Karrie Leever

It has been a year since the killer tornado tore through Northern Ottawa County, uprooting trees, homes and lives.

Life-long Picher resident Doris Smith had lived there for more than 52 years when her trailer was literally blown away along with a shed she had in the back yard.

Smith lived with her two sons, Tom and Jon Smith and one granddaughter, Sydnee Violette, who was five at the time.

“My daddy had just bought me a new bike and when the tornado hit, it slammed it right into my grandmas car and that made me very sad,” said Sydnee.

“We got out of the tornado by the skin of our teeth” was the words that Doris Smith said after surviving the violent tornado.

“I had no idea the storm was going to be as violent as it was,” said Smith.

Minutes before the storm hit Smith was inside sitting in her favorite chair while her son Jon was outside on the porch watching the clouds roll in and suggested seeking shelter after the sirens went off.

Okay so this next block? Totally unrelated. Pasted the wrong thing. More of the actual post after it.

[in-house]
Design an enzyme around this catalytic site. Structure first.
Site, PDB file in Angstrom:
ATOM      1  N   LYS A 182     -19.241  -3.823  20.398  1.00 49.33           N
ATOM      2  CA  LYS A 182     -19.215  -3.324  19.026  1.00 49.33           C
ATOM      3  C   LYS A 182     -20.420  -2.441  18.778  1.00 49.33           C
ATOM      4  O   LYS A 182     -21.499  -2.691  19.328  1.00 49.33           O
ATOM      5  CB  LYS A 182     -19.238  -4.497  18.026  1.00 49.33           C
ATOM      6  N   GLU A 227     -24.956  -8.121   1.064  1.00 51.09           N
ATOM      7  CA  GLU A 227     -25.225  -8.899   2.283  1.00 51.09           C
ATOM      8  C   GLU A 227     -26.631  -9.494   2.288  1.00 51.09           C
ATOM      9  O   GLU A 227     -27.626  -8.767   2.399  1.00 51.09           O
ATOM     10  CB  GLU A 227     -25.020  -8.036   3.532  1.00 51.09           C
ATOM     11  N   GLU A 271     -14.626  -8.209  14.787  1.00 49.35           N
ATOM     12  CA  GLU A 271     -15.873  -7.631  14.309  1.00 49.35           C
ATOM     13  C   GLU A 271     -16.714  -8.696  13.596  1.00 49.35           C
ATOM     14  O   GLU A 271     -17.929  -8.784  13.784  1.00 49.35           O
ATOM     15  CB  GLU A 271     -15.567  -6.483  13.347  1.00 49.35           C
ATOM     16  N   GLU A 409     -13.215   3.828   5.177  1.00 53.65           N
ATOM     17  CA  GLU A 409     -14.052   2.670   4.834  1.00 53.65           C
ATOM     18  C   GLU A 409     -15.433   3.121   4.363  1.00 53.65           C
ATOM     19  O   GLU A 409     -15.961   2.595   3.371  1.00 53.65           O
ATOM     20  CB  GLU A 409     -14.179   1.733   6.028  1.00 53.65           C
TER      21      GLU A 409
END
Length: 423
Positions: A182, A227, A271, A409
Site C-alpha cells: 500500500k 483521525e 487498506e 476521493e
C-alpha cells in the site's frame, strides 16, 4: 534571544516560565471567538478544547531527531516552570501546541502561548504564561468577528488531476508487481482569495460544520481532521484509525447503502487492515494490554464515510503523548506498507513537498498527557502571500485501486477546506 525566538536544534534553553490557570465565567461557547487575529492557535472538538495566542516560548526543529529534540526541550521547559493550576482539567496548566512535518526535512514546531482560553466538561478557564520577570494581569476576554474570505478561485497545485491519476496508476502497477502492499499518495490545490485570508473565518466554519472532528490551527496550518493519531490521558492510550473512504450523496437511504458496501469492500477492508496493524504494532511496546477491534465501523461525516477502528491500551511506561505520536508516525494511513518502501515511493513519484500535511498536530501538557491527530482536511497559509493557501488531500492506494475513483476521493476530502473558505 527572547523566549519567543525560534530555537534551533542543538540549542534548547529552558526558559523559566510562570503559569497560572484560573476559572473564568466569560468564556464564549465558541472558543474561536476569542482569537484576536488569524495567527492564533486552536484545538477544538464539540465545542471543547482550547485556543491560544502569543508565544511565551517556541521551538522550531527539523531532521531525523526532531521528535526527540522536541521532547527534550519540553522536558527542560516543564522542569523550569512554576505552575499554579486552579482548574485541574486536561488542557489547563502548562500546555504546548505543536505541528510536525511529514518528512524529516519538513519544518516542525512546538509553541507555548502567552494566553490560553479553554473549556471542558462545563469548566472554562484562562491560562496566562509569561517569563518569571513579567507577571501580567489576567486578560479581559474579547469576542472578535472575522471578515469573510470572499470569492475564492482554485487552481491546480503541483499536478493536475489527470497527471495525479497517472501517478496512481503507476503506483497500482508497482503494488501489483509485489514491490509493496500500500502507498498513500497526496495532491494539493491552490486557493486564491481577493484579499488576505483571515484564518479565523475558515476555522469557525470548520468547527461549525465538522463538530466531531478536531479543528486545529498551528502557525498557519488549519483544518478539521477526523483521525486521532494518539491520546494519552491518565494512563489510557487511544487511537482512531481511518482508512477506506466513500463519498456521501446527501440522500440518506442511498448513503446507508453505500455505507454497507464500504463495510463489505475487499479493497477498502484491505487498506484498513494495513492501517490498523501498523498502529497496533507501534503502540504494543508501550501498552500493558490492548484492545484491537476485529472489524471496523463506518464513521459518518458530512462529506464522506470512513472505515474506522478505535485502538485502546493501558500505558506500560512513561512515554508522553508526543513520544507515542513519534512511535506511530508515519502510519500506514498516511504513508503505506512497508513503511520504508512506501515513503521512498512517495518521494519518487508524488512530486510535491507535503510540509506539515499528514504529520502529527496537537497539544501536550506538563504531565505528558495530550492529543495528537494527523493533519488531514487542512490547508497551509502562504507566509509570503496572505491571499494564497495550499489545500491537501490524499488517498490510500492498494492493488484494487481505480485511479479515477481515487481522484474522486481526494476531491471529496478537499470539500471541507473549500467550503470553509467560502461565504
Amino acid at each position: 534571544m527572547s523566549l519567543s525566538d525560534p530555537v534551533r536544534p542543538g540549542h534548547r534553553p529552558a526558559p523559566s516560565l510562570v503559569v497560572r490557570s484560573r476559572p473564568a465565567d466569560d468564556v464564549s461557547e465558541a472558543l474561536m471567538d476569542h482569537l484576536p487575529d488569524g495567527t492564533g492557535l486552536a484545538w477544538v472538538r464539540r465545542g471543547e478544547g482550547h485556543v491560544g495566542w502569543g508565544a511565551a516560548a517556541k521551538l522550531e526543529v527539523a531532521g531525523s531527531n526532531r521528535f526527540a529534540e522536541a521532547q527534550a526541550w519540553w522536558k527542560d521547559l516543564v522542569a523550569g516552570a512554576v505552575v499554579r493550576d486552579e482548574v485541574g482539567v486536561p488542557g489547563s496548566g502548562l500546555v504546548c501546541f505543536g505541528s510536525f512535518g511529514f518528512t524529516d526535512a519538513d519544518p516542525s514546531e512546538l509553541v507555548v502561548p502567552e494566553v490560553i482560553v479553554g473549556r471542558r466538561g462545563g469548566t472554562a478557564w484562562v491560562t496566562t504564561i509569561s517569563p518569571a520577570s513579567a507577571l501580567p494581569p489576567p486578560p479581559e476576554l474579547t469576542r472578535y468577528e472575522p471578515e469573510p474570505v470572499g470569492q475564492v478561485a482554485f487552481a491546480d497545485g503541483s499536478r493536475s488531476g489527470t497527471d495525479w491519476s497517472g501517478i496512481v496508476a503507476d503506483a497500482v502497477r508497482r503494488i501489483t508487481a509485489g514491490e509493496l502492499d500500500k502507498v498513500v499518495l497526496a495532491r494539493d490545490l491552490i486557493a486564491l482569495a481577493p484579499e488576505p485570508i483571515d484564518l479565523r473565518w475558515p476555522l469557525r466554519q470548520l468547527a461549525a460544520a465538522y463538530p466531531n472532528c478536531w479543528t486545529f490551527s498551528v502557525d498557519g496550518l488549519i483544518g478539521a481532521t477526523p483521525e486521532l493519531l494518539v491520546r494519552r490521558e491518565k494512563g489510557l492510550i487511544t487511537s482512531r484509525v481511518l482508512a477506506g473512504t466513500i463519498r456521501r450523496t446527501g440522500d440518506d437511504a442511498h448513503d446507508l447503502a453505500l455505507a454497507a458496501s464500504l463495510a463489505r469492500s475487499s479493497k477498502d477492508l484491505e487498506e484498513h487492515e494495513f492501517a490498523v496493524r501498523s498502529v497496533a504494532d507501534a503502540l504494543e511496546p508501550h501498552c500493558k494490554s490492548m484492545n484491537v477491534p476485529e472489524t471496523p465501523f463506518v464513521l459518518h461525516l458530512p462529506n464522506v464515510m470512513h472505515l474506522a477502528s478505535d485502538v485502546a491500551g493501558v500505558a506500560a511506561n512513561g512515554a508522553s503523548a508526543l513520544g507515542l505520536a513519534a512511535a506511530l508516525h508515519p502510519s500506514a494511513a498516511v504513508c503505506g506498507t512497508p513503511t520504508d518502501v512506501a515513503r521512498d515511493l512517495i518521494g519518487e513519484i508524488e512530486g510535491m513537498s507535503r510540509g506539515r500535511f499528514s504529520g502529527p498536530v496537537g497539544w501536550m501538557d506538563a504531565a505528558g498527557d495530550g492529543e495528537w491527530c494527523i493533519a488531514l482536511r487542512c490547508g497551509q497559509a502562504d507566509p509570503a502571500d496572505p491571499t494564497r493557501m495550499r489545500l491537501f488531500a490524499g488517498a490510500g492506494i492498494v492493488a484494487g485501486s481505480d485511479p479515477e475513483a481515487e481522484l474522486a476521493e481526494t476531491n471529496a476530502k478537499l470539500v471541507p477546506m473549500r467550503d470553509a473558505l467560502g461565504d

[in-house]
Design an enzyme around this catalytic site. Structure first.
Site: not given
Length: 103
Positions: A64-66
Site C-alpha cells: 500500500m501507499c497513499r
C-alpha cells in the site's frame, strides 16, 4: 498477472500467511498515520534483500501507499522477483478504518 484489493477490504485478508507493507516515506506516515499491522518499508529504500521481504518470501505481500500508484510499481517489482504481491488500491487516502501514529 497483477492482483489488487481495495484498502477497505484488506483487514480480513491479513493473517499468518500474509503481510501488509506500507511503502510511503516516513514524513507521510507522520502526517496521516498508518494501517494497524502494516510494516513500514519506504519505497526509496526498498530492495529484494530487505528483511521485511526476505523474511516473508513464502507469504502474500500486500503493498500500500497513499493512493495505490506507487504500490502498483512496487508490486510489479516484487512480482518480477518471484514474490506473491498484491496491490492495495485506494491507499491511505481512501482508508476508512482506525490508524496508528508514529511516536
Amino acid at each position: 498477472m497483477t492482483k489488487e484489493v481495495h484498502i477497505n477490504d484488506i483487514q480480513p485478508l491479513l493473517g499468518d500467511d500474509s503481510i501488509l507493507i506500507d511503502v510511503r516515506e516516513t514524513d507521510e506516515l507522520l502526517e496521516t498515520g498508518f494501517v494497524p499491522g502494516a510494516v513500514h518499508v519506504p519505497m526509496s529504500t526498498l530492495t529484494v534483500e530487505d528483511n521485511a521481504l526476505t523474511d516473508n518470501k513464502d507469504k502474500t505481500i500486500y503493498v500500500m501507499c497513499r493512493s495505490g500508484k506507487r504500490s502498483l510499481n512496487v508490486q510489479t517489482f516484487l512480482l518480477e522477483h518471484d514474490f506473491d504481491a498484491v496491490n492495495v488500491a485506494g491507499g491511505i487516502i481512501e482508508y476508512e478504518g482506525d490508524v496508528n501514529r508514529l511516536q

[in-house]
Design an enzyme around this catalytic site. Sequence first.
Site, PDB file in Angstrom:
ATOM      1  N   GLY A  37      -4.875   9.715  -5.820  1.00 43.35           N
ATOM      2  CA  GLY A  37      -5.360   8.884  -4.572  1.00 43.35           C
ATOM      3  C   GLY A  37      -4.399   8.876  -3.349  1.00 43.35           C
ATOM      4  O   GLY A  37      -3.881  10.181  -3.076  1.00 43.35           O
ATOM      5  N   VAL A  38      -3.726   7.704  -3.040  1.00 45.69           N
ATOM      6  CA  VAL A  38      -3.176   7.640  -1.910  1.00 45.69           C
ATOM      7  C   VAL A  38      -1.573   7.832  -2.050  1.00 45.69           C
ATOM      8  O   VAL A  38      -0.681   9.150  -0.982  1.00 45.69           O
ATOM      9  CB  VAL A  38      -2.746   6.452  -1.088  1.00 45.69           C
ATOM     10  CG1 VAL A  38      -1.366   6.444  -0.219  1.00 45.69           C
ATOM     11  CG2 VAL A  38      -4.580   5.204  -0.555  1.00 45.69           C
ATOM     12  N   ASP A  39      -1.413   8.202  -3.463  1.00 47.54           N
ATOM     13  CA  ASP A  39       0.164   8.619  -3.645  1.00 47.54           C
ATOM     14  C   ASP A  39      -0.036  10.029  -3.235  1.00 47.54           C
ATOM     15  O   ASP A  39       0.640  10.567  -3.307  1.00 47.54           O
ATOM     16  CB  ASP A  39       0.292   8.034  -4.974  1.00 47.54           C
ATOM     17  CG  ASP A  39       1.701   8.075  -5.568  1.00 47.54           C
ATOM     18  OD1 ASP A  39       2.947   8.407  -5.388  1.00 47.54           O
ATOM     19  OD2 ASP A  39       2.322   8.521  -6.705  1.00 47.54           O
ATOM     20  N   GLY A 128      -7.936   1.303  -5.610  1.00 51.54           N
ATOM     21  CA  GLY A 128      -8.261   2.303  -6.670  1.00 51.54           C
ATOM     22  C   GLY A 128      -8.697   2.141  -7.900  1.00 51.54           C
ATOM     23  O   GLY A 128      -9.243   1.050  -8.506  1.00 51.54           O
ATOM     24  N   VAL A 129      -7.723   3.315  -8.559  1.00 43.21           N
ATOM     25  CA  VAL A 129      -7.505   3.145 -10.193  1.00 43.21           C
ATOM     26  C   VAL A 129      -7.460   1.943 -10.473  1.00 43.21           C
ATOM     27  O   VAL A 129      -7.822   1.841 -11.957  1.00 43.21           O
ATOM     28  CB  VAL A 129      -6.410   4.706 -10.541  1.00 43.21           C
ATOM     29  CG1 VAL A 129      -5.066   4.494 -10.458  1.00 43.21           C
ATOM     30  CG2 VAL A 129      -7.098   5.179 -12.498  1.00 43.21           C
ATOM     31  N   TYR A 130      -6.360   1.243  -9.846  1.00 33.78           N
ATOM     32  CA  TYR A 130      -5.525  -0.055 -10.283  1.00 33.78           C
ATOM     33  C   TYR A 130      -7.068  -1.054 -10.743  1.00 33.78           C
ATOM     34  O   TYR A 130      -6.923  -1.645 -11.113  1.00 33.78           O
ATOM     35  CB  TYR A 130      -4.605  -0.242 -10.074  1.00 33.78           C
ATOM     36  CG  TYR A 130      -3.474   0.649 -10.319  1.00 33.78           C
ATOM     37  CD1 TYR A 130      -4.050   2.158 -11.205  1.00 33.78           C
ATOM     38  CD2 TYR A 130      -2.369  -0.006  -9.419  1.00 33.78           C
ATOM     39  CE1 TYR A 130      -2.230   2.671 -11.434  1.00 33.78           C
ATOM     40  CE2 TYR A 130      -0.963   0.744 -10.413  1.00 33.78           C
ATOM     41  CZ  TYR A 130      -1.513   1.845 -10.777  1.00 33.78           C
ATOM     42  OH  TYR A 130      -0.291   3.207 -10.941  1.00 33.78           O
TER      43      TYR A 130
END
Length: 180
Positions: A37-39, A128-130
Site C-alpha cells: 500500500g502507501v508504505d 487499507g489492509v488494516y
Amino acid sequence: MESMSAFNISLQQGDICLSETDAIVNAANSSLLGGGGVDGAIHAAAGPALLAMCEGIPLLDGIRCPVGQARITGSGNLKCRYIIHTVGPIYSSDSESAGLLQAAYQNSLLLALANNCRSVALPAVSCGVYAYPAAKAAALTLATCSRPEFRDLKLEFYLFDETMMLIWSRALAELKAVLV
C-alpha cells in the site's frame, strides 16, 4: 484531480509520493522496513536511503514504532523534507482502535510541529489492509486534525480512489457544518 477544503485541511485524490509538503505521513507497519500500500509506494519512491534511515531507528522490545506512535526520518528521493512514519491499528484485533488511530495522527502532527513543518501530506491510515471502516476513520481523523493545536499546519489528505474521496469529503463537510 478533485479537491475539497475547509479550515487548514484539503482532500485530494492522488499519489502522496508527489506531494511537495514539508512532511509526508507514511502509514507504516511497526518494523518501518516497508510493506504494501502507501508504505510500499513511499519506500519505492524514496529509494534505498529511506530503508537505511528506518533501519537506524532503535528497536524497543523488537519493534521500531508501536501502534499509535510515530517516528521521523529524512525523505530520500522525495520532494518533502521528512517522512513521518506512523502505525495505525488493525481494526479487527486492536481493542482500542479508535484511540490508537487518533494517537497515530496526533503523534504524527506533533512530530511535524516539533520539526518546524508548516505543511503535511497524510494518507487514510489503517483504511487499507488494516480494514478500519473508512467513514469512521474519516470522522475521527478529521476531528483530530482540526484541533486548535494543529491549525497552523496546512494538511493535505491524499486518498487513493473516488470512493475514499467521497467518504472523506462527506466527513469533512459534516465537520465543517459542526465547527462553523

“I wasn’t going to get out of my chair and run from anything,” said Smith. “Then before I knew it, my son grabbed my hand and we were running to the truck and headed for safety. Thank god my granddaughter was not here at the that time.”

After returning to what used to be a home where Smith and her family resided, they were in total devastation.

“We all just felt lost.,” said Smith. “Shock set in as soon as we saw the total destruction, not only to us but others in the community. It absolutely took our breath away.”

There was no house or even remains of what used to be a house.

“There was not one single piece left,” said Smith.

Since the tornado Smith resides in Commerce and says that her home there isn’t home for her.

“I have lived in Picher 53 years and this doesn’t seem like home over here,” said Smtih. “This has really impacted me and my family’s lives. I have been washed out, burned out and now blown out, but somehow I have always been able to pick up the pieces and move forward and overcome several disasters throughout my life.”